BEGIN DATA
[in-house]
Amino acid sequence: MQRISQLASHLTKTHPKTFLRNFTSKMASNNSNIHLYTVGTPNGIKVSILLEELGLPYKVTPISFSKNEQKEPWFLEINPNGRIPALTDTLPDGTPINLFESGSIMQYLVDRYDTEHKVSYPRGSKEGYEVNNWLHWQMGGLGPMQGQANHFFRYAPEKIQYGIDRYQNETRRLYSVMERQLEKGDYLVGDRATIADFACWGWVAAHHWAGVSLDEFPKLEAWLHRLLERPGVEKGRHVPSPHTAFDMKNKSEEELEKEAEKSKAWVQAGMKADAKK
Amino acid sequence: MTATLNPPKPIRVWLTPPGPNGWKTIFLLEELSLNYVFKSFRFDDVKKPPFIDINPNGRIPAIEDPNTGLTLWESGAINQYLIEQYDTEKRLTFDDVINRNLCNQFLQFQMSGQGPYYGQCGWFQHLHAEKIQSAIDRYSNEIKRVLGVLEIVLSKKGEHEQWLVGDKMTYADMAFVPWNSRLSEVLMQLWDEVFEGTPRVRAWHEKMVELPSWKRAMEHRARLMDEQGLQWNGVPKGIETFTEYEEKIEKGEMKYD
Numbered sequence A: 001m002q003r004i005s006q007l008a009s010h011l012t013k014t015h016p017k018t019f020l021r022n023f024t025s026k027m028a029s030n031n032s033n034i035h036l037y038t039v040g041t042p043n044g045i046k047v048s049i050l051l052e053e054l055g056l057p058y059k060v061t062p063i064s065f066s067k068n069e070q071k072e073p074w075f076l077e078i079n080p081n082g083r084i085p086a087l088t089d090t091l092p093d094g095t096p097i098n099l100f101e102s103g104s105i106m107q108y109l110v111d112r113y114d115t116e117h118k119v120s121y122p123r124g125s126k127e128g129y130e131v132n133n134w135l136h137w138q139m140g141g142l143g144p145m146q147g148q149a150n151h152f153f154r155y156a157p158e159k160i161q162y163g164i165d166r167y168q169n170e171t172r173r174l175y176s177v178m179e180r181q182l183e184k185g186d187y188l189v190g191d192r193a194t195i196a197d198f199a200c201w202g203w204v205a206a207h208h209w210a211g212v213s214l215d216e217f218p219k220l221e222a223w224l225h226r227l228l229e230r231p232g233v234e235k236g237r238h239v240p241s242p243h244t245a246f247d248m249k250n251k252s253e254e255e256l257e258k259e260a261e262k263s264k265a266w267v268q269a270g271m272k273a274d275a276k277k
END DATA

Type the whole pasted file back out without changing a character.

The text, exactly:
[in-house]
Amino acid sequence: MQRISQLASHLTKTHPKTFLRNFTSKMASNNSNIHLYTVGTPNGIKVSILLEELGLPYKVTPISFSKNEQKEPWFLEINPNGRIPALTDTLPDGTPINLFESGSIMQYLVDRYDTEHKVSYPRGSKEGYEVNNWLHWQMGGLGPMQGQANHFFRYAPEKIQYGIDRYQNETRRLYSVMERQLEKGDYLVGDRATIADFACWGWVAAHHWAGVSLDEFPKLEAWLHRLLERPGVEKGRHVPSPHTAFDMKNKSEEELEKEAEKSKAWVQAGMKADAKK
Amino acid sequence: MTATLNPPKPIRVWLTPPGPNGWKTIFLLEELSLNYVFKSFRFDDVKKPPFIDINPNGRIPAIEDPNTGLTLWESGAINQYLIEQYDTEKRLTFDDVINRNLCNQFLQFQMSGQGPYYGQCGWFQHLHAEKIQSAIDRYSNEIKRVLGVLEIVLSKKGEHEQWLVGDKMTYADMAFVPWNSRLSEVLMQLWDEVFEGTPRVRAWHEKMVELPSWKRAMEHRARLMDEQGLQWNGVPKGIETFTEYEEKIEKGEMKYD
Numbered sequence A: 001m002q003r004i005s006q007l008a009s010h011l012t013k014t015h016p017k018t019f020l021r022n023f024t025s026k027m028a029s030n031n032s033n034i035h036l037y038t039v040g041t042p043n044g045i046k047v048s049i050l051l052e053e054l055g056l057p058y059k060v061t062p063i064s065f066s067k068n069e070q071k072e073p074w075f076l077e078i079n080p081n082g083r084i085p086a087l088t089d090t091l092p093d094g095t096p097i098n099l100f101e102s103g104s105i106m107q108y109l110v111d112r113y114d115t116e117h118k119v120s121y122p123r124g125s126k127e128g129y130e131v132n133n134w135l136h137w138q139m140g141g142l143g144p145m146q147g148q149a150n151h152f153f154r155y156a157p158e159k160i161q162y163g164i165d166r167y168q169n170e171t172r173r174l175y176s177v178m179e180r181q182l183e184k185g186d187y188l189v190g191d192r193a194t195i196a197d198f199a200c201w202g203w204v205a206a207h208h209w210a211g212v213s214l215d216e217f218p219k220l221e222a223w224l225h226r227l228l229e230r231p232g233v234e235k236g237r238h239v240p241s242p243h244t245a246f247d248m249k250n251k252s253e254e255e256l257e258k259e260a261e262k263s264k265a266w267v268q269a270g271m272k273a274d275a276k277k